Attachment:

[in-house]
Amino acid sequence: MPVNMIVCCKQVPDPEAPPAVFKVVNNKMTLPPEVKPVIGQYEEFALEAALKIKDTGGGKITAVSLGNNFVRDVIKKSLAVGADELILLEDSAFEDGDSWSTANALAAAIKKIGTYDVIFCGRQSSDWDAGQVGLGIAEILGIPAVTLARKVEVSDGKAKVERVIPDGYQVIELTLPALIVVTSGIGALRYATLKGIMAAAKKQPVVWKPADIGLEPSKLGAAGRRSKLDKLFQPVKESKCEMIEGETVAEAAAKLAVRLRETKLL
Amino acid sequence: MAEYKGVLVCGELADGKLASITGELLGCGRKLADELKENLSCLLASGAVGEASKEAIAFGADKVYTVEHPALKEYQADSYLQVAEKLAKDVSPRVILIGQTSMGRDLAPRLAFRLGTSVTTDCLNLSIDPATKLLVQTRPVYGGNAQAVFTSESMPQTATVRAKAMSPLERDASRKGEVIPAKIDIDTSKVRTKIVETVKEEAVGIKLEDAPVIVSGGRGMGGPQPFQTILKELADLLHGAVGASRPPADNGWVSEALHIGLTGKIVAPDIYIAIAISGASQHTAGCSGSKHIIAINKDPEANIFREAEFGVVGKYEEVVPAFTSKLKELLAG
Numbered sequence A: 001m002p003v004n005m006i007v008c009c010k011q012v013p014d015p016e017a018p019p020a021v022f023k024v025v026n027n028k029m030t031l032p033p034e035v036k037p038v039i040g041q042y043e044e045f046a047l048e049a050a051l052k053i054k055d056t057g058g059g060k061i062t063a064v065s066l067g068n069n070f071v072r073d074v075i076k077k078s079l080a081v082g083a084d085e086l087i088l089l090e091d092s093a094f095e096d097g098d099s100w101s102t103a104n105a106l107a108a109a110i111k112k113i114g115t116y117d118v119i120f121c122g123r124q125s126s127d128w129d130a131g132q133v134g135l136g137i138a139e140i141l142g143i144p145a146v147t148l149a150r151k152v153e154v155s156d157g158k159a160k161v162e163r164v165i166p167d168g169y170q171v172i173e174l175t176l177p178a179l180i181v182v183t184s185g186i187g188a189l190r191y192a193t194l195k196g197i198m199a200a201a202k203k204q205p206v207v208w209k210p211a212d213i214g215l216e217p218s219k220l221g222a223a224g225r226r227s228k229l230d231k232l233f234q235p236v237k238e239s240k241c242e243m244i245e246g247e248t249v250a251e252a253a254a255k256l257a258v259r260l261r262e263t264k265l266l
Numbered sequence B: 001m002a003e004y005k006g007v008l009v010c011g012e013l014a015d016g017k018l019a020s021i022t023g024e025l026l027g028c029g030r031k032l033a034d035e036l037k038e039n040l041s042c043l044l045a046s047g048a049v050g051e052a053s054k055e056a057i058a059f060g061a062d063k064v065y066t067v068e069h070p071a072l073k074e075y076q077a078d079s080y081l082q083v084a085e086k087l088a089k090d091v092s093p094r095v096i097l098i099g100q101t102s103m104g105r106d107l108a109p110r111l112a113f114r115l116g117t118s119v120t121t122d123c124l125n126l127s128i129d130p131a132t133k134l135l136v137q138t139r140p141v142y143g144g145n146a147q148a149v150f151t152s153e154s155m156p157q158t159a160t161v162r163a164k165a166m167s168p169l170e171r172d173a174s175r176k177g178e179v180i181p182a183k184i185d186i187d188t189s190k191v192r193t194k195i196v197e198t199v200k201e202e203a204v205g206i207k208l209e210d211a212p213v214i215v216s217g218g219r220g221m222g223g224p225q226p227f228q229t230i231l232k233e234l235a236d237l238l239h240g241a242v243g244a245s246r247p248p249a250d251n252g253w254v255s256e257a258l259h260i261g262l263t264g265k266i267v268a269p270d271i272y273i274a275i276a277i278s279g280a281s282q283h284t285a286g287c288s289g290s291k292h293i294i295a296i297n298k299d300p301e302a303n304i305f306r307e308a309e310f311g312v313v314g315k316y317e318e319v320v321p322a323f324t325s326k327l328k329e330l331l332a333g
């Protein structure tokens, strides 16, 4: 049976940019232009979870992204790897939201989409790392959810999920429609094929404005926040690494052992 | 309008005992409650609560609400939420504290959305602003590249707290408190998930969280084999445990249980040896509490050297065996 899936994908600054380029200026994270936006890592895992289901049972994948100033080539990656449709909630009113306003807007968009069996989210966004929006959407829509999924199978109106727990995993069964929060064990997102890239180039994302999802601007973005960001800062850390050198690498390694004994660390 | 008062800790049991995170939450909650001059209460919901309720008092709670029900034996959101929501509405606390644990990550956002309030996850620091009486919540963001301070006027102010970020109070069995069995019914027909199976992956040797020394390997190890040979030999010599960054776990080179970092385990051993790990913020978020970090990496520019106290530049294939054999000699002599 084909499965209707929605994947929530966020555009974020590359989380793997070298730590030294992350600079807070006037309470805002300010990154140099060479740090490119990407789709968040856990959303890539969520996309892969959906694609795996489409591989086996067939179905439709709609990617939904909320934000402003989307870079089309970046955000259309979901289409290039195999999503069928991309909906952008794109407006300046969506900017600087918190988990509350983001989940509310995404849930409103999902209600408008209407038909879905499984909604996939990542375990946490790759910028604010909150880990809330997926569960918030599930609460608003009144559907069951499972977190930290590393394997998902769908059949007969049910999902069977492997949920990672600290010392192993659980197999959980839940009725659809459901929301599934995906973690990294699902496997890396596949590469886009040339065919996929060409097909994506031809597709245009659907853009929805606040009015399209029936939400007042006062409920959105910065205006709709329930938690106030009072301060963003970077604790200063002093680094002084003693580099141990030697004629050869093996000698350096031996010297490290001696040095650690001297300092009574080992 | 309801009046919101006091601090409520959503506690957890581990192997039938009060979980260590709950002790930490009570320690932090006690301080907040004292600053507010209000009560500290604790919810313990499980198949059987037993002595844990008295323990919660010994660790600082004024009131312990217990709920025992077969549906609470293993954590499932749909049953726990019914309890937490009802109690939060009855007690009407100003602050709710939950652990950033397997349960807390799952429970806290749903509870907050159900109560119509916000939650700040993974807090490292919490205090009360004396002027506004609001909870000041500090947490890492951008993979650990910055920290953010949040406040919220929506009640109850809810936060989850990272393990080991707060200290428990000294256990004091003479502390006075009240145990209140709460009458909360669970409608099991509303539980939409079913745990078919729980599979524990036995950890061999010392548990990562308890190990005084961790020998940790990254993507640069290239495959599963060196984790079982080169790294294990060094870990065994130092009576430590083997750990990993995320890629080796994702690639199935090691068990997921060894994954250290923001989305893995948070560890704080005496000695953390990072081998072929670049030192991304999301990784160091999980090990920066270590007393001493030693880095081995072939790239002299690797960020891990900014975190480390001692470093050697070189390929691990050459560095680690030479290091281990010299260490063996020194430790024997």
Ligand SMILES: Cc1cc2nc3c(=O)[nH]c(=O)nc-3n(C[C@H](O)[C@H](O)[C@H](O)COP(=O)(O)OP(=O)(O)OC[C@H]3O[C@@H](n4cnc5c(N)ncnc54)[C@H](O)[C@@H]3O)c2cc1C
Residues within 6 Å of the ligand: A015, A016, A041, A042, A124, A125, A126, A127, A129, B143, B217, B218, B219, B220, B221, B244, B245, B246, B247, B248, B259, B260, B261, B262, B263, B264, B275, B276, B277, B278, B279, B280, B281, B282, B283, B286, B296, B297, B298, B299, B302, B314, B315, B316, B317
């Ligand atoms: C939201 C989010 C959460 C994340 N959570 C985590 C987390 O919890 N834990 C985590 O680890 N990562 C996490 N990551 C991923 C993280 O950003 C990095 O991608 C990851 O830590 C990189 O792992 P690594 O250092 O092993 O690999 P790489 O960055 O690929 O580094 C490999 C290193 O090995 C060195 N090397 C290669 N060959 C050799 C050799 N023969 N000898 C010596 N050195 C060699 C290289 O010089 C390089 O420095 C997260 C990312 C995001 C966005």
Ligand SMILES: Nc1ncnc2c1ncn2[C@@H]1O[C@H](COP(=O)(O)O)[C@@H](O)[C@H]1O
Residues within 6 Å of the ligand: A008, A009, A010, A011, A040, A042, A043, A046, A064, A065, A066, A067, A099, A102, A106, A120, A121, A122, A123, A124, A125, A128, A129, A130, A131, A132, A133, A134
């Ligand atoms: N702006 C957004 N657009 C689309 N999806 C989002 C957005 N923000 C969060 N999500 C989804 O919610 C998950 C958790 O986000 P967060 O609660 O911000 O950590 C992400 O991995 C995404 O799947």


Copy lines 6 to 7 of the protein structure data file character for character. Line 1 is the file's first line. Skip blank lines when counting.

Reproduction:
């Protein structure tokens, strides 16, 4: 049976940019232009979870992204790897939201989409790392959810999920429609094929404005926040690494052992 | 309008005992409650609560609400939420504290959305602003590249707290408190998930969280084999445990249980040896509490050297065996 899936994908600054380029200026994270936006890592895992289901049972994948100033080539990656449709909630009113306003807007968009069996989210966004929006959407829509999924199978109106727990995993069964929060064990997102890239180039994302999802601007973005960001800062850390050198690498390694004994660390 | 008062800790049991995170939450909650001059209460919901309720008092709670029900034996959101929501509405606390644990990550956002309030996850620091009486919540963001301070006027102010970020109070069995069995019914027909199976992956040797020394390997190890040979030999010599960054776990080179970092385990051993790990913020978020970090990496520019106290530049294939054999000699002599 084909499965209707929605994947929530966020555009974020590359989380793997070298730590030294992350600079807070006037309470805002300010990154140099060479740090490119990407789709968040856990959303890539969520996309892969959906694609795996489409591989086996067939179905439709709609990617939904909320934000402003989307870079089309970046955000259309979901289409290039195999999503069928991309909906952008794109407006300046969506900017600087918190988990509350983001989940509310995404849930409103999902209600408008209407038909879905499984909604996939990542375990946490790759910028604010909150880990809330997926569960918030599930609460608003009144559907069951499972977190930290590393394997998902769908059949007969049910999902069977492997949920990672600290010392192993659980197999959980839940009725659809459901929301599934995906973690990294699902496997890396596949590469886009040339065919996929060409097909994506031809597709245009659907853009929805606040009015399209029936939400007042006062409920959105910065205006709709329930938690106030009072301060963003970077604790200063002093680094002084003693580099141990030697004629050869093996000698350096031996010297490290001696040095650690001297300092009574080992 | 309801009046919101006091601090409520959503506690957890581990192997039938009060979980260590709950002790930490009570320690932090006690301080907040004292600053507010209000009560500290604790919810313990499980198949059987037993002595844990008295323990919660010994660790600082004024009131312990217990709920025992077969549906609470293993954590499932749909049953726990019914309890937490009802109690939060009855007690009407100003602050709710939950652990950033397997349960807390799952429970806290749903509870907050159900109560119509916000939650700040993974807090490292919490205090009360004396002027506004609001909870000041500090947490890492951008993979650990910055920290953010949040406040919220929506009640109850809810936060989850990272393990080991707060200290428990000294256990004091003479502390006075009240145990209140709460009458909360669970409608099991509303539980939409079913745990078919729980599979524990036995950890061999010392548990990562308890190990005084961790020998940790990254993507640069290239495959599963060196984790079982080169790294294990060094870990065994130092009576430590083997750990990993995320890629080796994702690639199935090691068990997921060894994954250290923001989305893995948070560890704080005496000695953390990072081998072929670049030192991304999301990784160091999980090990920066270590007393001493030693880095081995072939790239002299690797960020891990900014975190480390001692470093050697070189390929691990050459560095680690030479290091281990010299260490063996020194430790024997």
Ligand SMILES: Cc1cc2nc3c(=O)[nH]c(=O)nc-3n(C[C@H](O)[C@H](O)[C@H](O)COP(=O)(O)OP(=O)(O)OC[C@H]3O[C@@H](n4cnc5c(N)ncnc54)[C@H](O)[C@@H]3O)c2cc1C